Parking minimums (that is a development needs to have a certain amount of parking regardless of demand) have been a hot topic issue and still is as the owners of Sylvia Park try to reinstate parking-minimums for the Metropolitan Centres in the Unitary Plan.
But should we have parking minimums that effectively mean the City is subsidising private parking for private developments.
Ideally no and the removal of such minimums as seen with the City Centre Zone, and the Terraced Housing and Apartment Zone has allowed developers to cast a freer and in parking allocation according to potential demand. The upcoming development in Takapuna (Takapuna Apartment Development Example of Unitary Plan Working) is an example of a medium density development being tailored to the geography of its surroundings. Effectively there will not be a parking spot for each apartment due to the complex being extremely close to the Northern Busway and the Takapuna Metropolitan Centre. As a result the development is not lugged with providing more parking than they believe what they need to cost savings would be passed back down to buyer.
Hopefully the Metropolitan Centres will continue to have no parking minimums post-appeal.
Meantime from the USA:
Some developers have cited the high cost of providing structured parking as part of their justification when seeking tax incentives. Perhaps we’re not subsidizing profits, rather we’re subsidizing structured parking.
When presenting the Everly (a tax abated apartment building with 211 structured parking spaces), the Clayco representative said they’d charge residents $50 per month for a parking space, but each space actually costs $150 per month. The market wouldn’t bear the actual cost of car storage. So is the cost borne by the owner in less profit, by tenants in higher lease rates whether they have a car or not, or by the public in the form of a tax subsidy?
According to Carl Walker, a parking consultant, the median cost of a structured parking space in St. Louis is $19,417. An underground parking spot costs more. The deeper they are the more they cost. One level down costs 15% more, two levels 45% more. For example 32 N Euclid, which received a $4.5M TIF has 104 subterranean spaces on two levels. $19,417 x ( 1.15 x 52 + 1.45 x 52) = $2.6M. On top of the construction cost one should add the operation and maintenance costs. See a Victoria Tranport Policy Institute Analysis of parking costs.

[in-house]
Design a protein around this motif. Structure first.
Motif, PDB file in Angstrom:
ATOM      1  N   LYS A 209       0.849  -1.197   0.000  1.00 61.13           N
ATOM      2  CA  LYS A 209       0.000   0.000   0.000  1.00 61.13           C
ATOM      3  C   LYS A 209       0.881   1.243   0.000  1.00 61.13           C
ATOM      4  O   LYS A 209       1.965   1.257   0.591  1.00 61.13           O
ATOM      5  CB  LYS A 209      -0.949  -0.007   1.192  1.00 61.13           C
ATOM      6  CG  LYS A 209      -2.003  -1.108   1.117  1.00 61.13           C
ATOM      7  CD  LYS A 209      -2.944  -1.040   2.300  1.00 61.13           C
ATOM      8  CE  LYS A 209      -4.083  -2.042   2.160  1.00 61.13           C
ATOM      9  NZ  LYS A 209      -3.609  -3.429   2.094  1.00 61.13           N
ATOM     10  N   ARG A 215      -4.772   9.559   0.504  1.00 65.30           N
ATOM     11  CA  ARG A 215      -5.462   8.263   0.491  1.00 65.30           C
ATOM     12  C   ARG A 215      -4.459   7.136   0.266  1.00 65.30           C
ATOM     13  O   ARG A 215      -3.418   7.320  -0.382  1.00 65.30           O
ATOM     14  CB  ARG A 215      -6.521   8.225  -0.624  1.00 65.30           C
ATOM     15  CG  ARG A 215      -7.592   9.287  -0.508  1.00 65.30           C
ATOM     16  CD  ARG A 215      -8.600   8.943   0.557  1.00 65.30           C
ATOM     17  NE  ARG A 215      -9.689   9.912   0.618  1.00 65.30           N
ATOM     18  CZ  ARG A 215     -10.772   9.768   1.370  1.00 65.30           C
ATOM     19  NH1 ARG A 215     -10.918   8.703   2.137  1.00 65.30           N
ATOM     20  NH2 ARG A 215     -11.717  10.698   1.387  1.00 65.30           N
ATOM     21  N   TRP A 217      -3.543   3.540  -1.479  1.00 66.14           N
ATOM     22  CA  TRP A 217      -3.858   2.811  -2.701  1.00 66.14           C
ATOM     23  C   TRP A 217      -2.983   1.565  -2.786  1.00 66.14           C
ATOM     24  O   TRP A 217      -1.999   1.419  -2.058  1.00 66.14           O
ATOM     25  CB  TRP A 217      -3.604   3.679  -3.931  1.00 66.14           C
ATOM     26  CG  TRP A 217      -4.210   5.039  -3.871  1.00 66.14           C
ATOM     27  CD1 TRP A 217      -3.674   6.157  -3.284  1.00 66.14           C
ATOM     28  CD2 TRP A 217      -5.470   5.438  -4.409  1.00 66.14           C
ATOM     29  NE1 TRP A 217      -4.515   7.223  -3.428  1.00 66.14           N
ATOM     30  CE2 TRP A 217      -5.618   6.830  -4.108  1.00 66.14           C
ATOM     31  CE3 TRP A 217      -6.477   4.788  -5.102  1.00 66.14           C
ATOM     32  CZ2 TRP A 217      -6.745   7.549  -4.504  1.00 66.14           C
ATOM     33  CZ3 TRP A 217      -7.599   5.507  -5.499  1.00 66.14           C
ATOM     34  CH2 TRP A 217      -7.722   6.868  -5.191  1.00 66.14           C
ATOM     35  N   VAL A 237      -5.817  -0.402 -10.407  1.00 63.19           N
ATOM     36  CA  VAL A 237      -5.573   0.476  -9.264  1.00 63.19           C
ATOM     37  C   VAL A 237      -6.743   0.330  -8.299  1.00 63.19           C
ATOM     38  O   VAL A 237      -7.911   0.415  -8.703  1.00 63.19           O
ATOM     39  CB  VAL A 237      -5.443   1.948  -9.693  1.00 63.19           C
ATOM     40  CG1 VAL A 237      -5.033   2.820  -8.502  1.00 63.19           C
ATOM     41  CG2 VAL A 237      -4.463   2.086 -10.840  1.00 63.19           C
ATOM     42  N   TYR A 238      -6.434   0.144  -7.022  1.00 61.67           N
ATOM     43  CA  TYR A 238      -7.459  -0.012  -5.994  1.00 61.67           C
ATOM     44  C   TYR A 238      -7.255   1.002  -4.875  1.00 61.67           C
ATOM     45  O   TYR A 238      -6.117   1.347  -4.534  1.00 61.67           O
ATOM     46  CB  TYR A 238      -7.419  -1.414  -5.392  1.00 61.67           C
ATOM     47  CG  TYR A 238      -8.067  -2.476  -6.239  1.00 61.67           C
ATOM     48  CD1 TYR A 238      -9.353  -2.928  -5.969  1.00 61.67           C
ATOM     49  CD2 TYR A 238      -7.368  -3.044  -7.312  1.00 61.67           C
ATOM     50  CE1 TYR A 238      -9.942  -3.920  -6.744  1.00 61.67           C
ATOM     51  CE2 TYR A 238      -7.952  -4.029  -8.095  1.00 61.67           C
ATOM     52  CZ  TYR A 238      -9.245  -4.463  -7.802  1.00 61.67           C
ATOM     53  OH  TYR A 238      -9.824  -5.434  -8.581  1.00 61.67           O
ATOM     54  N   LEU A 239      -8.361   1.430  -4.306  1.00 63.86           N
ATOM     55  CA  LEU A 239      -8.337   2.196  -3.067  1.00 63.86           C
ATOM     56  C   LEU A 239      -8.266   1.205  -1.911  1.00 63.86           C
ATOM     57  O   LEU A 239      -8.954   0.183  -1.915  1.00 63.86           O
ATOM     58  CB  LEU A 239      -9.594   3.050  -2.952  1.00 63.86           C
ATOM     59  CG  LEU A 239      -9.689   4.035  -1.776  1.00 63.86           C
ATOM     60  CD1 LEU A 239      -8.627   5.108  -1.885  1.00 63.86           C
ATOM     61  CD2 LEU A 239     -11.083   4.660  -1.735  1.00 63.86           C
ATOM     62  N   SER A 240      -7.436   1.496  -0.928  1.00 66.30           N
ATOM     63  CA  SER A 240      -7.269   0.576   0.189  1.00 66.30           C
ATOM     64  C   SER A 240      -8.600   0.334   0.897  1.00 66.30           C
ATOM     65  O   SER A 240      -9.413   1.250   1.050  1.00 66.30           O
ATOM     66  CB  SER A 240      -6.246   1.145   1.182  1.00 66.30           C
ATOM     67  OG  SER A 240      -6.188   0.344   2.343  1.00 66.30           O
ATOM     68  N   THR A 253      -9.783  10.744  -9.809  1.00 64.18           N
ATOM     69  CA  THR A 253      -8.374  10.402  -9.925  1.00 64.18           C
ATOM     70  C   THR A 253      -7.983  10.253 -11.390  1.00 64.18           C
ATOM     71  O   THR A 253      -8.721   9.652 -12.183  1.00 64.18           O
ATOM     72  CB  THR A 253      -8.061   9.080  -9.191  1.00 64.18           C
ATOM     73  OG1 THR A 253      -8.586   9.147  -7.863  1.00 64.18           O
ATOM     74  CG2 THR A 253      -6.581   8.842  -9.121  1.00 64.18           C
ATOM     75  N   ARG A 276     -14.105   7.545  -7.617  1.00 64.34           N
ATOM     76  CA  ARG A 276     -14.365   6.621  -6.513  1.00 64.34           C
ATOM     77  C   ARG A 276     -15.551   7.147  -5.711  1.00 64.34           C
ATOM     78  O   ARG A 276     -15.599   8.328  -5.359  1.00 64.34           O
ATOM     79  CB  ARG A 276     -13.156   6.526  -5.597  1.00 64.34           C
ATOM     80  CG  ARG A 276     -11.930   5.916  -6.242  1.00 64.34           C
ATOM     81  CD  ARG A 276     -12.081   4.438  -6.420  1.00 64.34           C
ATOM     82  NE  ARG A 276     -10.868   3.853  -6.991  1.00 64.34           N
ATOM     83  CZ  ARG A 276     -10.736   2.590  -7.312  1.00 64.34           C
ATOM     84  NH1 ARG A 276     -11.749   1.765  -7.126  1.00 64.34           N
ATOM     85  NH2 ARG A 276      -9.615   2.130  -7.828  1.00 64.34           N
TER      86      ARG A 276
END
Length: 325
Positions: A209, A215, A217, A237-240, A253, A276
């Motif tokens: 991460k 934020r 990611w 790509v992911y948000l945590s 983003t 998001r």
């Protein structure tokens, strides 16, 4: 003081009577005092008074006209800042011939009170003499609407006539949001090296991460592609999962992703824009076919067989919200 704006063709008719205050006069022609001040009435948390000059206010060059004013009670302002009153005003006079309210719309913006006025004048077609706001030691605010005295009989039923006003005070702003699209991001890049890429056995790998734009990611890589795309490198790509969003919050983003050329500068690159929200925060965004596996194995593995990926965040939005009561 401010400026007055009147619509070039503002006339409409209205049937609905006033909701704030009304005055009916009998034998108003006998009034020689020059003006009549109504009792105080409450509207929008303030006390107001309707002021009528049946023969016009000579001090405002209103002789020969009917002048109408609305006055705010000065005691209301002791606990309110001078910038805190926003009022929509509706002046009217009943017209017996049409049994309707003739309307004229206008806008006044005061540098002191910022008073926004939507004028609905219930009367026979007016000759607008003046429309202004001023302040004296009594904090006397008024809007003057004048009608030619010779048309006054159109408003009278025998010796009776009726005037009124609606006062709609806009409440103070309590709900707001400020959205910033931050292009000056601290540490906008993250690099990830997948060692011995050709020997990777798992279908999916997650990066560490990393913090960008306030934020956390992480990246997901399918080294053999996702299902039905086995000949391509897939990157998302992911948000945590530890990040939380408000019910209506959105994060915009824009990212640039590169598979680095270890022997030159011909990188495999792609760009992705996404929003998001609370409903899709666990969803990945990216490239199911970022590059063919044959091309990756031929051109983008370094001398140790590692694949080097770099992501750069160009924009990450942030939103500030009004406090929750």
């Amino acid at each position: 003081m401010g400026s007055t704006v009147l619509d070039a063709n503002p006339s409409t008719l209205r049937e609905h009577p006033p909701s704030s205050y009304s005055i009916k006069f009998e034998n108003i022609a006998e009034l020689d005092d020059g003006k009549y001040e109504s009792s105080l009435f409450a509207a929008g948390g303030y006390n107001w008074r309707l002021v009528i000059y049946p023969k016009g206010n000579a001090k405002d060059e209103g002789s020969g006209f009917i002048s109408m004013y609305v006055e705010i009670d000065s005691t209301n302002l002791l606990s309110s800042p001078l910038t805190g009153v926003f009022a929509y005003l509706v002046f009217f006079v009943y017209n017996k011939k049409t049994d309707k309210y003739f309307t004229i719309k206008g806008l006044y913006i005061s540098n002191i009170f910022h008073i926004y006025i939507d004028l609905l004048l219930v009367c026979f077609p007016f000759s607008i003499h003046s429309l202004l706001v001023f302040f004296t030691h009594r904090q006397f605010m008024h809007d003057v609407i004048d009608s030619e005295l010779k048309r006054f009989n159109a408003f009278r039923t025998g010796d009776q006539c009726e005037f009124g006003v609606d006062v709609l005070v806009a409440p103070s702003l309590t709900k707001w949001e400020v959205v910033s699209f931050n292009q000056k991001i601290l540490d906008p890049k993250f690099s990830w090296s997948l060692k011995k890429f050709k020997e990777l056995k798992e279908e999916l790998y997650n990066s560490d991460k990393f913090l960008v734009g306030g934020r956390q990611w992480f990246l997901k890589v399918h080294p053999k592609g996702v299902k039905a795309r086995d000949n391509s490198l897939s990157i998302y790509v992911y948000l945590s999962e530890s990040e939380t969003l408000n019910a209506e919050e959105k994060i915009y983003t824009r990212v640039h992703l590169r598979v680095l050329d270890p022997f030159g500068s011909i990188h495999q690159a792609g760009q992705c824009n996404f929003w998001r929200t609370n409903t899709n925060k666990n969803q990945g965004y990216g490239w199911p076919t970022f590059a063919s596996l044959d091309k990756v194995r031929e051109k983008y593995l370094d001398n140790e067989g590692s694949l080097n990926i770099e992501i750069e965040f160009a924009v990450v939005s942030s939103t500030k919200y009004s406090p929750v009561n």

Let’s assume a project wouldn’t happen but for the parking. Structured parking usually doesn’t add to the building’s footprint meaning more land efficiency. An equal amount of cheaper surface parking would require more land. The Citizen Park building at Lindell and Euclid, which received a 10-year 100% plus 5 at 50% tax abatement, has over 300 parking spaces on four levels, three of which are underground. The original plan had 2 levels of underground parking. Despite ample parking nearby, transit options, and walkability of the neighborhood, NIMBYs insisted upon more parking.
Perhaps the lesson here is the realization of how costly the “need” for parking is, and how it is socialized. We subsidize it to get an urban form to maximize the land use’s productivity relative to the amount of infrastructure serving it or we build in an auto-oriented form and obligate ourselves to more infrastructure than a traditional form would require. And then we wonder why we can’t keep up with infrastructure maintenance and why our taxes and utility rates keep going up.
Brent Toderian has been saying we need to do the math when it comes to urban development and the above example is a demonstration why.
Parking Minimums are not needed in the medium and high density zones especially those close to a major transit line or major Centre like a Metropolitan Centre. Developers and buyers are capable of working out the need for parking with a new residential development they certainly don’t need the Unitary Plan telling them provide X amount of parks of which most won’t be used most of the time.
Do the math and food for thought.